At is foundation, community engagement is about stakeholder involvement and rests on the belief that the wisdom of lived experience in communities has massive value. 

When we think of engaging anti-racist work, community engagement encourages those with inherent power and privilege to ask tough questions about how agency-led structures and initiatives play out and may even block engagement efforts.  

Several organizations have begun to challenge the existing structure of the nonprofit sector and its power imbalances, which stand in the way of true community involvement in decision-making. 

Community-centric Fundraising is one such approach that challenges the status quo and prioritizes “the entire community over individual organizations” (HT to Liahann Bannerman for calling attention to this inspired collective of thought leaders who are leading a movement toward greater racial justice in philanthropy).   

CCF’s 10 Principles offer a starting point for reflecting on how community engagement intersects with philanthropy and is a point of reflection for leaders of volunteers to translate those values into community-centric volunteerism. 

If you’re interested in assessing how you currently stack up, try using the League of Conservation Voters Philanthropy Team Self-Assessment on Equity and Racial Justice as a starting point.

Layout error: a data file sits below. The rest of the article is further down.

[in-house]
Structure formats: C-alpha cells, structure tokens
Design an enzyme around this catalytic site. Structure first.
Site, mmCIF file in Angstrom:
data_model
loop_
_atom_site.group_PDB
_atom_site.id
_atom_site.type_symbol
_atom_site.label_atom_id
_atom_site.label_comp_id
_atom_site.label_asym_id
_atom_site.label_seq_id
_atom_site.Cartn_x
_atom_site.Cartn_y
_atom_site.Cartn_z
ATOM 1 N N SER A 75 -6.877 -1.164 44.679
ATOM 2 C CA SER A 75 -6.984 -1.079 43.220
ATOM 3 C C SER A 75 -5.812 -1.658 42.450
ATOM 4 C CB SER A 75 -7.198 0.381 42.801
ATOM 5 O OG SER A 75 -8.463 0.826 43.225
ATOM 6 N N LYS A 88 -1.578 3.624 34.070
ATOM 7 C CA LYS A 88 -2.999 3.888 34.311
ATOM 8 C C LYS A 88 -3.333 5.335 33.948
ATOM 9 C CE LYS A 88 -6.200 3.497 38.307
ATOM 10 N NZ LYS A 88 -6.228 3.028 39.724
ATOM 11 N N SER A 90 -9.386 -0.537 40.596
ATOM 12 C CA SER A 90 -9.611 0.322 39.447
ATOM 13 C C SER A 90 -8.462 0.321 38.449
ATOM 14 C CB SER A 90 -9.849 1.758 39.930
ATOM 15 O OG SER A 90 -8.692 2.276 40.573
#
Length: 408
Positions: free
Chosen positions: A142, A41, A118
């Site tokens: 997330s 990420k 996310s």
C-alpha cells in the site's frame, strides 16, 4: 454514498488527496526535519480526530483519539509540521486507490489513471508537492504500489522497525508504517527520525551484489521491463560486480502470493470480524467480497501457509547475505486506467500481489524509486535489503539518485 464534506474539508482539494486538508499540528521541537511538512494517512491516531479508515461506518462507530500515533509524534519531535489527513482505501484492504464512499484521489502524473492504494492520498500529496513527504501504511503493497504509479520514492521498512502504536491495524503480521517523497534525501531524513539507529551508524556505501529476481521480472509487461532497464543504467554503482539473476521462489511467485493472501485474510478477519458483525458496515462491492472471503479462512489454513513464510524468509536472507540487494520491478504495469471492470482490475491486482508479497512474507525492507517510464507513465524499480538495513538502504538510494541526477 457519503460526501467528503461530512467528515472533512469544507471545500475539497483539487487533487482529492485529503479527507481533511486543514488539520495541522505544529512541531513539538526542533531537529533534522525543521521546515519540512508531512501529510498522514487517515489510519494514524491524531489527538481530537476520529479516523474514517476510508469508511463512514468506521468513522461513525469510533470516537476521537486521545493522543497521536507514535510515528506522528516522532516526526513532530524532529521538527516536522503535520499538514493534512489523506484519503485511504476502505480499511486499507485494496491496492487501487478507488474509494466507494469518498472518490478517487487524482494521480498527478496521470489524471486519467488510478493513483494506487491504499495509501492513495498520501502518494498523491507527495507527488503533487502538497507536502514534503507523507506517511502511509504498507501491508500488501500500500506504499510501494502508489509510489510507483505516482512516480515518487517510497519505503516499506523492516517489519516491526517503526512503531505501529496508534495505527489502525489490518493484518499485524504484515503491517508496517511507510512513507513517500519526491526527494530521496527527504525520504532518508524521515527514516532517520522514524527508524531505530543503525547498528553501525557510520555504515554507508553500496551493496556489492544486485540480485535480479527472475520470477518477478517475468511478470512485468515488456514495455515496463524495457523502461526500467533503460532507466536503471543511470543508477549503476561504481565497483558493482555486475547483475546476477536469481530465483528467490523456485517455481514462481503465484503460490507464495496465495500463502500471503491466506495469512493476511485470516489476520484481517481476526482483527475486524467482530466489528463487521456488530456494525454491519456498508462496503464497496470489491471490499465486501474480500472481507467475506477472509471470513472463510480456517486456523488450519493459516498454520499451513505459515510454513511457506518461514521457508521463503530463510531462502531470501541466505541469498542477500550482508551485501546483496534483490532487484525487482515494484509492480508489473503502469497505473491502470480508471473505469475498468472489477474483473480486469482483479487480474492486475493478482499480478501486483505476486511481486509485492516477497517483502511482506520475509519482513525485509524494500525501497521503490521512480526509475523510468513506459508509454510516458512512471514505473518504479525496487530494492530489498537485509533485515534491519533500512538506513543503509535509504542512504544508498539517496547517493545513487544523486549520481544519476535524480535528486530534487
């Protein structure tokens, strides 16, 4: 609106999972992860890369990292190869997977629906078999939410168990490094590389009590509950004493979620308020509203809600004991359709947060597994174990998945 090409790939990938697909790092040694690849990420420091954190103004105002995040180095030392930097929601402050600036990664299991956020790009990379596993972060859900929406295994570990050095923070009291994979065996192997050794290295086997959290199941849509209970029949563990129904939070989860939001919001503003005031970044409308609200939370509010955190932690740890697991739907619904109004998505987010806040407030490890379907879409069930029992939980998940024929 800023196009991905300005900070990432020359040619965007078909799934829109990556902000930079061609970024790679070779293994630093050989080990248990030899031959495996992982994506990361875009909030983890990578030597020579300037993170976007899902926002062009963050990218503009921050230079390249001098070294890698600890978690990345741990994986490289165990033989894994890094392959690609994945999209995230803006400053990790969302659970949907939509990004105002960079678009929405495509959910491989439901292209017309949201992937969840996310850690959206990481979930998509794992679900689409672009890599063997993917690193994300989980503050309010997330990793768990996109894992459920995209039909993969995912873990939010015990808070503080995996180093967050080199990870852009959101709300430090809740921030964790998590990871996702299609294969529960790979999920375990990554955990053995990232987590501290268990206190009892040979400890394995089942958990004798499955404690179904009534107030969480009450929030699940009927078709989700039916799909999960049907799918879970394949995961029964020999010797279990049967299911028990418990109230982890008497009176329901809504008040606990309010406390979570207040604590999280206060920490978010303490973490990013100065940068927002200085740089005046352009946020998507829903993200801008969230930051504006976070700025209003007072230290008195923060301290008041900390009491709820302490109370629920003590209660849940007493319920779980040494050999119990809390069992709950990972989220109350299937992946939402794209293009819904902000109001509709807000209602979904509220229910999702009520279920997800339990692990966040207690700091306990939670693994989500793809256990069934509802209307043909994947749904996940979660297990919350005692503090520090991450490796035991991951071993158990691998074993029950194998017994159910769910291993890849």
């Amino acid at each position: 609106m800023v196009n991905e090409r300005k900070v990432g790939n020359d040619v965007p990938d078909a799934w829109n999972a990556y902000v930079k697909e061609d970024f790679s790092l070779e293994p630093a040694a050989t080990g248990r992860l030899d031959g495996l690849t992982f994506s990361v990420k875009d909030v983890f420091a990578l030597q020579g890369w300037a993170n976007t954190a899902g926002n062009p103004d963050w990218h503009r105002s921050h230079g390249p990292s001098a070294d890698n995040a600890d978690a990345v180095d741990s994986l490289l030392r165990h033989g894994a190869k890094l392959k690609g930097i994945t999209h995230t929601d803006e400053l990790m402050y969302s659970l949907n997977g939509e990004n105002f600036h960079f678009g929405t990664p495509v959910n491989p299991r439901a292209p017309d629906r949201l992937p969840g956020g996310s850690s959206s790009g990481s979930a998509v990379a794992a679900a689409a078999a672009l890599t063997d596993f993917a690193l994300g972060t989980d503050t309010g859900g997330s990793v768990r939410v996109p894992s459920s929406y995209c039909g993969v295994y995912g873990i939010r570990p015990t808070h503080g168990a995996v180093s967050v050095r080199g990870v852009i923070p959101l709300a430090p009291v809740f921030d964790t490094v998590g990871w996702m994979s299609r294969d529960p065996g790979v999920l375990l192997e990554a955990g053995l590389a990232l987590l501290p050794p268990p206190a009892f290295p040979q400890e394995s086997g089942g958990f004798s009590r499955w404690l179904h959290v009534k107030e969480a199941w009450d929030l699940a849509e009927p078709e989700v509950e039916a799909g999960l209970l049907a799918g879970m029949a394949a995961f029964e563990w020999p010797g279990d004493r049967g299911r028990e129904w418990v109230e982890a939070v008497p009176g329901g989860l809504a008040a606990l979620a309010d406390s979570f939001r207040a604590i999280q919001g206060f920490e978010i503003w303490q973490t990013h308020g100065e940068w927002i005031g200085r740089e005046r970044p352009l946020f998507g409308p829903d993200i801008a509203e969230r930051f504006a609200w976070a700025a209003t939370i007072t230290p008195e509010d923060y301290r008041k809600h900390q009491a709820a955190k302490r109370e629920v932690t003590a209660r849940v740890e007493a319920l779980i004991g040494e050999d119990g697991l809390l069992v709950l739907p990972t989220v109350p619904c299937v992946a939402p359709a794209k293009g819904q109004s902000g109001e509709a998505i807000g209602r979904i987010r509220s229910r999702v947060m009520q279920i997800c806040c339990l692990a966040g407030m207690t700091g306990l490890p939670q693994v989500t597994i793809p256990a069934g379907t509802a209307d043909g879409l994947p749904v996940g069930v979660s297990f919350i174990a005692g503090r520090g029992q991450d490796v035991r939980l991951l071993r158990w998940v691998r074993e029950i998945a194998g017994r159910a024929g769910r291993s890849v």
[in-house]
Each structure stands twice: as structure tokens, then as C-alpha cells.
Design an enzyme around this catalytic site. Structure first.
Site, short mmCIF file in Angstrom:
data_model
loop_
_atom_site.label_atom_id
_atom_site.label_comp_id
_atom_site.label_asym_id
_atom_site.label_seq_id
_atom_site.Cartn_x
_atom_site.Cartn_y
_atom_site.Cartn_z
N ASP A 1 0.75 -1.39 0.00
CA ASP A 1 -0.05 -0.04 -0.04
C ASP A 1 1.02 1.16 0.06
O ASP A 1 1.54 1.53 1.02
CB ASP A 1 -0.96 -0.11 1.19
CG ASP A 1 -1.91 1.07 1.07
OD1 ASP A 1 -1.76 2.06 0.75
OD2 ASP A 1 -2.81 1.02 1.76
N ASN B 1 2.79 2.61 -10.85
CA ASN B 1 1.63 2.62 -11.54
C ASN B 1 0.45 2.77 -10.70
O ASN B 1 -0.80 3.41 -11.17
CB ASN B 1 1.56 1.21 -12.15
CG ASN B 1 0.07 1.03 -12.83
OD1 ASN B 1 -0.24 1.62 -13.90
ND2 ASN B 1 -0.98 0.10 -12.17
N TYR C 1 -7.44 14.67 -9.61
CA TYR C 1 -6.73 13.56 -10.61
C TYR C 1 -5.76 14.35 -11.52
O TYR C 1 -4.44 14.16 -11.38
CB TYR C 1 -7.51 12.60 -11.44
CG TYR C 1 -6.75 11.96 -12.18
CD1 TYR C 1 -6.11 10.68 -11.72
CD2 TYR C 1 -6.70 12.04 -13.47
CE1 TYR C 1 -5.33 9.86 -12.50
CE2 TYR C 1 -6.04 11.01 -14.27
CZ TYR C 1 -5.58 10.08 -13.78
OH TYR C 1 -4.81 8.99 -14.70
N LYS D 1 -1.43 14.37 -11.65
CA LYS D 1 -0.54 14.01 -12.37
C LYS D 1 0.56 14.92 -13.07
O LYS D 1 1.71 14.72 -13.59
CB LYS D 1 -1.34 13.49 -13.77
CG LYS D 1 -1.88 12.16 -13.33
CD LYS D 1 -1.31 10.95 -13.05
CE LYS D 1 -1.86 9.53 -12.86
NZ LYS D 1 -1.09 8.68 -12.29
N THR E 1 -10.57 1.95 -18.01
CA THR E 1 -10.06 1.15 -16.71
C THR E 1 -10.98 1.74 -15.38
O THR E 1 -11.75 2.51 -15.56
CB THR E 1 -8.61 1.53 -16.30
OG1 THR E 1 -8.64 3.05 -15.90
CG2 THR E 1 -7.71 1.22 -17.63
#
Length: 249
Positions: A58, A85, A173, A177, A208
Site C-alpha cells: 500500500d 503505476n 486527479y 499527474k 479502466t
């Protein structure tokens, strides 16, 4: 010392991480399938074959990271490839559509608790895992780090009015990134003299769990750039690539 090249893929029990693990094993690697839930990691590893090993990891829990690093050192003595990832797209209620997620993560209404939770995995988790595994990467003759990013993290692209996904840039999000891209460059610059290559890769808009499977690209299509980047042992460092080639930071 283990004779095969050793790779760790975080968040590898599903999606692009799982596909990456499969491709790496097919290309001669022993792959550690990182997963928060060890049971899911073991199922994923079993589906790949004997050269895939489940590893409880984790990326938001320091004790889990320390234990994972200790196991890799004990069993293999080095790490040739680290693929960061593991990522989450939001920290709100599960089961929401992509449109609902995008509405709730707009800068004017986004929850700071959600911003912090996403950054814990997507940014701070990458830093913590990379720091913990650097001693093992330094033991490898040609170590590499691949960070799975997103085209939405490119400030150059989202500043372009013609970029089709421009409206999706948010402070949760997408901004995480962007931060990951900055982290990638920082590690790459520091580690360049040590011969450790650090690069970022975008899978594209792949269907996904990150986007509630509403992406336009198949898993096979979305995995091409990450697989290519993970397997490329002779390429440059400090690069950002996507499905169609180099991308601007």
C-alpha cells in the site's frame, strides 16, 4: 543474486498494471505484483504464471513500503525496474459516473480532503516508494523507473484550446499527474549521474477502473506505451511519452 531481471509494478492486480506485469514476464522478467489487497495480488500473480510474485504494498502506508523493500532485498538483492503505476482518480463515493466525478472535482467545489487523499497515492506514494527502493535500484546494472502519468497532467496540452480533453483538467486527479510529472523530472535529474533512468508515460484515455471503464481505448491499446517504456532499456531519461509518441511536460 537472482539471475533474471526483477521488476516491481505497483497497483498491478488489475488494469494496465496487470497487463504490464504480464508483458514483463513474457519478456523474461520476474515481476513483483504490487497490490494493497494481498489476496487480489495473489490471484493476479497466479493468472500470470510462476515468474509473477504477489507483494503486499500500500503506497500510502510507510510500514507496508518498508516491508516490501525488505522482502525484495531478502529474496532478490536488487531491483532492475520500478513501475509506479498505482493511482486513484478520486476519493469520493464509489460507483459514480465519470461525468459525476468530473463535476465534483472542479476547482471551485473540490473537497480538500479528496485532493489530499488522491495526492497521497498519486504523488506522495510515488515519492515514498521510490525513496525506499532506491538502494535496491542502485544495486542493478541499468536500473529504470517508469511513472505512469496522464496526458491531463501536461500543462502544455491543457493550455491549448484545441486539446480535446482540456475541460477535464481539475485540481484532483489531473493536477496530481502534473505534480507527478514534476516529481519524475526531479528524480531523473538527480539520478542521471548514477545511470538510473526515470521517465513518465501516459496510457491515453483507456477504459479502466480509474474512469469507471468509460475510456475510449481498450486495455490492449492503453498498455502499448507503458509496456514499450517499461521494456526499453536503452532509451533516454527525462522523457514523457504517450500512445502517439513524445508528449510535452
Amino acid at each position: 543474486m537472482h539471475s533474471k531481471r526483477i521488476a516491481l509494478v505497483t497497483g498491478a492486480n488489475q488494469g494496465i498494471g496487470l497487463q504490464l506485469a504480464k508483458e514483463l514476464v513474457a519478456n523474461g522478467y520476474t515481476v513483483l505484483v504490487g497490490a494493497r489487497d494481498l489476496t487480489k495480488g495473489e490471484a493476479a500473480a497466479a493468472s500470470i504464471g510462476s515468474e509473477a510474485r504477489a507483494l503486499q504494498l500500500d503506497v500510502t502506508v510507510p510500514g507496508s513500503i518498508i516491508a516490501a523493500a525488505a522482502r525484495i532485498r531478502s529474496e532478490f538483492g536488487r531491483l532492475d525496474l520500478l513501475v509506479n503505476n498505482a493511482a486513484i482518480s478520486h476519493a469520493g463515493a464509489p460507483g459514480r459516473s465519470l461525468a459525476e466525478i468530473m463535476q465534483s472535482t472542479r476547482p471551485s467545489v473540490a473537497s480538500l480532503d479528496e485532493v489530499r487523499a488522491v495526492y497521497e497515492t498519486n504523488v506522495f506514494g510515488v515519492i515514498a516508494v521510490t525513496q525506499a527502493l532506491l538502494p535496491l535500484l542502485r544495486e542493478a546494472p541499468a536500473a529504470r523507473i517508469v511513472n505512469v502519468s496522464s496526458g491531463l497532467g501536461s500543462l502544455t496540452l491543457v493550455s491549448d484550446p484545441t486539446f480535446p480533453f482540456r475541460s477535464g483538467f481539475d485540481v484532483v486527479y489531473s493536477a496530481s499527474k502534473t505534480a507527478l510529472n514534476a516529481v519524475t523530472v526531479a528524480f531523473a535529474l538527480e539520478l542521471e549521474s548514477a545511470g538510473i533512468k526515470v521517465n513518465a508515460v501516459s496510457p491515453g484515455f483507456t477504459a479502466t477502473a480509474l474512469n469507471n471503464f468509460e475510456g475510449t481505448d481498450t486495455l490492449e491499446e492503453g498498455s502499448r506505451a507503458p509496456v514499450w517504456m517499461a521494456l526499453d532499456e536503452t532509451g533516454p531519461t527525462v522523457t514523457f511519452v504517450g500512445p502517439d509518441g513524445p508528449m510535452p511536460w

A Multi-Stage Model to Engage Communities 

Rosa González of Facilitating Power has developed a more nuanced look at community engagement through phases. Her Spectrum of Community Engagement to Ownership offers five developmental stages against which organizations can compare their practices and begin to build capacity toward deeper, more authentic connection and power sharing between organizations and communities. 

While other models and stages for community engagement exist, the model developed by González does not assume that engagement occurs at all (as seen in the first stage) and encourages transformation from administrative-driven programs to community driven solutions for complex problems. 

The Spectrum of Community Engagement to Ownership can help organization not only pinpoint their current phase, it can help them set goals and begin to take active steps forward.  It also helps all of us recognize how much farther we may need to go to reach true equity.   

1. IGNORE — Deny access to decision-making processes 

2. INFORM — Provide the community with relevant information 

3. CONSULT — Gather input from the community 

4. INVOLVE — Ensure community needs and assets are integrated into process & inform planning 

5. COLLABORATE — Ensure community capacity to play a leadership role in implementation of decisions 

6. DEFER TO — Foster democratic participation and equity through community-driven decision-making, Bridge divide between community and governance